Washington Commanders’ Dan Snyder ordered to pay NFL $60M following investigation

Washington Commanders owner Dan Snyder will have to pay $60 million to the NFL in resolution after an investigation concluded the club improperly hid finances from the NFL and that Snyder inappropriately touched a former cheerleader from the organization, according to a report the league released Thursday.

“After extensive investigation, we have sustained both Tiffani Johnston’s allegation of sexual harassment by Mr. Snyder and Jason Friedman’s allegation of deliberate underreporting of NFL revenues by the Club to avoid its VTS sharing obligations,” the report stated.

The release of the report coincided with the sale of the Commanders, which was approved by league owners on Thursday.

PHOTO: Washington Commanders owners Dan Snyder on the field before the Dallas Cowboys defeat of the Washington Commanders 25-10 at AT&T Stadium on October 2, 2022 in Arlington, TX.

Washington Commanders owners Dan Snyder on the field before the Dallas Cowboys defeat of the Washington Commanders 25-10 at AT&T Stadium on October 2, 2022 in Arlington, TX.

John McDonnell/The Washington Post via Getty Images, FILE

“Documentary evidence, witness interviews, and Club admissions all corroborated Mr. Friedman’s allegations that the Club intentionally shielded and withheld shareable NFL revenues,” the report stated.

Snyder and the club have denied any wrongdoing.

The report outlined a pattern of deliberate steps investigators determined the Commanders took to conceal revenue from the NFL.

“Although Mr. Snyder denied it, multiple witnesses informed us that Mr. Snyder pressured employees to improve the Club’s financial performance (‘every last dollar’ matters) and the evidence shows that, as one way of achieving higher revenues and lower costs, the Club, during the 2009–2015 seasons, wrongfully violated the sharing rules in order to retain greater amounts of shareable revenues through ‘VTS savings,'” the report read.

The report was put together after an investigation by Mary Jo White, a former U.S. attorney and SEC chair, who was retained by the league to investigate the alleged misgivings with the Commanders. White and her team interviewed 44 witnesses, including former executives. They reviewed tens of thousands of documents, including emails, text messages and calendars, and had access to club contracts and financial records. They used a forensics accounting firm to help review the financial allegations.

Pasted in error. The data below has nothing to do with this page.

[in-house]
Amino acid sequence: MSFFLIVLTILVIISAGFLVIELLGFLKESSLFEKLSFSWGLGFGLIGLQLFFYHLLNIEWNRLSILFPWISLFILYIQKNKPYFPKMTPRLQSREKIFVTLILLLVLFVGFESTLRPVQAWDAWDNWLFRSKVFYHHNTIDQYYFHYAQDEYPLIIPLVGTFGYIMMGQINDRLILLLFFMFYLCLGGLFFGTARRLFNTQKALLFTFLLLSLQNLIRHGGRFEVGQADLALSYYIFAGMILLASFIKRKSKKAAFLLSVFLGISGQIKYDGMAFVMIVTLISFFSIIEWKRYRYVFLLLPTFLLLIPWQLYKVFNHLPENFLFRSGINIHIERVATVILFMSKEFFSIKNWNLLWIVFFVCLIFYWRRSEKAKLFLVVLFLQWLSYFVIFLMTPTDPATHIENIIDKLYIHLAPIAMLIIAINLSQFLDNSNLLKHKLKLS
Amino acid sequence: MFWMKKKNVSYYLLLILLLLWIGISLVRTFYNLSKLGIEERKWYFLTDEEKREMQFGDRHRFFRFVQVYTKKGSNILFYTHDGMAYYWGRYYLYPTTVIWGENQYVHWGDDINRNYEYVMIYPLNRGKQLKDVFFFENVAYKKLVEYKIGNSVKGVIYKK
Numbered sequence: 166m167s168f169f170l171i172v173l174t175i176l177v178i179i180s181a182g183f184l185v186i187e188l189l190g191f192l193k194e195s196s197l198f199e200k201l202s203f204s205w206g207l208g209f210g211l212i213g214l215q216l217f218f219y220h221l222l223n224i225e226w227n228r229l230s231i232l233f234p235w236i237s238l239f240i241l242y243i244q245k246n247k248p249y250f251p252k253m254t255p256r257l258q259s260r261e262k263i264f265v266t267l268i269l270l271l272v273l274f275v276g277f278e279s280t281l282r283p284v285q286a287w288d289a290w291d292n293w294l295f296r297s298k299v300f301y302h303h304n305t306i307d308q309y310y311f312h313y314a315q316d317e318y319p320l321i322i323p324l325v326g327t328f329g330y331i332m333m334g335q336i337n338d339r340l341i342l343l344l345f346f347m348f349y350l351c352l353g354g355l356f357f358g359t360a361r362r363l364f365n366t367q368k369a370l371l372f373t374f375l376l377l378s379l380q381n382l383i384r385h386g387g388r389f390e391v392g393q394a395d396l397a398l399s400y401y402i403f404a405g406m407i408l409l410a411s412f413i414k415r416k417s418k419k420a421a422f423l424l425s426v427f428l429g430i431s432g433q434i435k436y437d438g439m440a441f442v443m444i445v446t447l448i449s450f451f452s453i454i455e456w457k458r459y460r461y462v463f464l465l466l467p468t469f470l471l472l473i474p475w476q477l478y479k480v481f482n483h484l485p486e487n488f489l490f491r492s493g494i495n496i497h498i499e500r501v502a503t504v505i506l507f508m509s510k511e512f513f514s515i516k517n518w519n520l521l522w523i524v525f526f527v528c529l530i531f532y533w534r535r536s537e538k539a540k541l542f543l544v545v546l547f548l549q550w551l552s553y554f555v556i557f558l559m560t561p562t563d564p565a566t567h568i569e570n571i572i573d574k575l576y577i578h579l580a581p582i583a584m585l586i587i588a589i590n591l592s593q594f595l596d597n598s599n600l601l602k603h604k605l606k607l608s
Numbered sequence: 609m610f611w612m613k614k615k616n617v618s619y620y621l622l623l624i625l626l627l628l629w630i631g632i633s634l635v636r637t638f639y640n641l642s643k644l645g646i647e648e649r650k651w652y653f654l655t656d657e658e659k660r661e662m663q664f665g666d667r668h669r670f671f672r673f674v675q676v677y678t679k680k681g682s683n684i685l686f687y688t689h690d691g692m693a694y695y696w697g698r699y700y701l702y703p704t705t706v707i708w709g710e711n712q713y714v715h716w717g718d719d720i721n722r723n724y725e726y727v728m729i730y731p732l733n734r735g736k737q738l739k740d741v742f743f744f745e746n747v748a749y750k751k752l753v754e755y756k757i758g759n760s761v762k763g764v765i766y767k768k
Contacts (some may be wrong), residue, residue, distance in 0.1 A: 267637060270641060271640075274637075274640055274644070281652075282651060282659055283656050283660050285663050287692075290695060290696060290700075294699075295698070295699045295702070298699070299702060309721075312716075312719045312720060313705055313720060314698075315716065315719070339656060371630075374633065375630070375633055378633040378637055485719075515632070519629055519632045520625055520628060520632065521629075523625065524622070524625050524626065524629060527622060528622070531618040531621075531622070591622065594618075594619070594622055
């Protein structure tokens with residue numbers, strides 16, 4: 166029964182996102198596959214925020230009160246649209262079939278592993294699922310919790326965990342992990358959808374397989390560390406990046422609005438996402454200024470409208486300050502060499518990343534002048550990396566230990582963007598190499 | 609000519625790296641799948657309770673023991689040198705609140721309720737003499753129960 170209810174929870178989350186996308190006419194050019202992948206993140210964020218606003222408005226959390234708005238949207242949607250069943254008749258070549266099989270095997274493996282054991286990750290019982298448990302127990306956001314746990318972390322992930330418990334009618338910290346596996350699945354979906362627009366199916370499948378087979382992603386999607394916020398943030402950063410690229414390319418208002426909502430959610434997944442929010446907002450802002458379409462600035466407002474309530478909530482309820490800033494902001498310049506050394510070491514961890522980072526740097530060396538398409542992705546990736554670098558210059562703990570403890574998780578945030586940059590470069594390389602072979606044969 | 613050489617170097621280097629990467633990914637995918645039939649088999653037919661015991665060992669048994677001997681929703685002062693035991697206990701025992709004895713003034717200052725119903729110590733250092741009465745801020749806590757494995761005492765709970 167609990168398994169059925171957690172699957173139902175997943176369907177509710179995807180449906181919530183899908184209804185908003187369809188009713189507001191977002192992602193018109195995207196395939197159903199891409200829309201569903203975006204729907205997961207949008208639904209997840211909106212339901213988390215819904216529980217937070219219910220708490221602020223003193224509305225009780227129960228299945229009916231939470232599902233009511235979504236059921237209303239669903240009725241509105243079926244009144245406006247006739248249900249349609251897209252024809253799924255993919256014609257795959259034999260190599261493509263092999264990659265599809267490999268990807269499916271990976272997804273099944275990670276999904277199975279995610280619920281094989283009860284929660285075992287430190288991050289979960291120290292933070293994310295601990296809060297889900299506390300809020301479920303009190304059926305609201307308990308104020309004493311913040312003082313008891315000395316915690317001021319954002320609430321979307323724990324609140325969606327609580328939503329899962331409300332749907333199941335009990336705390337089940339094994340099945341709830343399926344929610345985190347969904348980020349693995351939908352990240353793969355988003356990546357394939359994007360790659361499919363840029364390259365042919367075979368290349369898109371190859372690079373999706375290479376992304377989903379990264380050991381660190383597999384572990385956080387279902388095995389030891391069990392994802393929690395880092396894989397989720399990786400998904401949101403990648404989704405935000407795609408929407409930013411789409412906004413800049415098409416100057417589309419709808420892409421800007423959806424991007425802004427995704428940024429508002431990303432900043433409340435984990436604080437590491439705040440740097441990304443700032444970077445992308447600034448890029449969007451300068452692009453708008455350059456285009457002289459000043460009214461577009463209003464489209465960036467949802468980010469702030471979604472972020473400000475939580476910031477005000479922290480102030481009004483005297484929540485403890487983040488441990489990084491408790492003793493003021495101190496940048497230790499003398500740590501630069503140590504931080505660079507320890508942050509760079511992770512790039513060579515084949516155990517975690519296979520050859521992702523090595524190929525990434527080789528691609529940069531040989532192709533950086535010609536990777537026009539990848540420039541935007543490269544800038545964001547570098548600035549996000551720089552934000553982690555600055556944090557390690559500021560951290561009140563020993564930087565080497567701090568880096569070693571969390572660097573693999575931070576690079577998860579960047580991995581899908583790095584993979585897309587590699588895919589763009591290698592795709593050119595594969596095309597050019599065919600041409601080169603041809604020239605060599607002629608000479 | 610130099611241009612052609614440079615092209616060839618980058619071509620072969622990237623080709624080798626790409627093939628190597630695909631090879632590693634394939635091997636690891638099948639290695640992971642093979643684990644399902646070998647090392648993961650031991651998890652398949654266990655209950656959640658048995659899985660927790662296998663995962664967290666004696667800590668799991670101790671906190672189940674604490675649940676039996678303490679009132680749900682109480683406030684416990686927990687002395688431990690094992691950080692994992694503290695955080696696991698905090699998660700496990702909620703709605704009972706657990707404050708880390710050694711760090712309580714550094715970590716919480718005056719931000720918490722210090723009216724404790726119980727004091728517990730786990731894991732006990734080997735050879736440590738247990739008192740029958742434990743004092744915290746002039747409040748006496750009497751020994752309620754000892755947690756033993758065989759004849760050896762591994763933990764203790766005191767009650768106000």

The Commanders, according to the report, had a “second set of books” in which they would keep records that only went to Snyder. The report found the Commanders concealed more than $45 million in revenue sharing.

Snyder failed to cooperate with any portion of the investigation and in the case of the missing funds, did not try to produce any records.

Investigators concluded allegations that Snyder inappropriately touched a former cheerleader at a dinner and that he also tried to push her in his limo were also sustainable.

“We credit Ms. Johnston’s account that Mr. Snyder put his hand on her thigh under the restaurant table (which she removed without comment) and pushed her towards his car after a work-related dinner, and that Ms. Johnston did not consent, in any way, to Mr. Snyder’s actions,” the report stated. “While we could not determine the precise date of the incident and the identities of all dinner attendees, we sustained Ms. Johnston’s allegations. We spoke to Ms. Johnston several times and found her to be highly credible.”

But the report said the investigators found the “evidence was insufficient to demonstrate Mr. Snyder’s involvement in … in the security deposit issues, and was inconclusive as to his personal participation in the Club’s improper shielding of VTS revenues,” the report read.

According to the league, Snyder is expected to pay $60 million to the NFL in resolution of the report’s findings and “all outstanding matters.”

“The conduct substantiated in Ms. White’s findings has no place in the NFL,” NFL Commissioner Roger Goodell said. “We strive for workplaces that are safe, respectful and professional. What Ms. Johnston experienced is inappropriate and contrary to the NFL’s values.”

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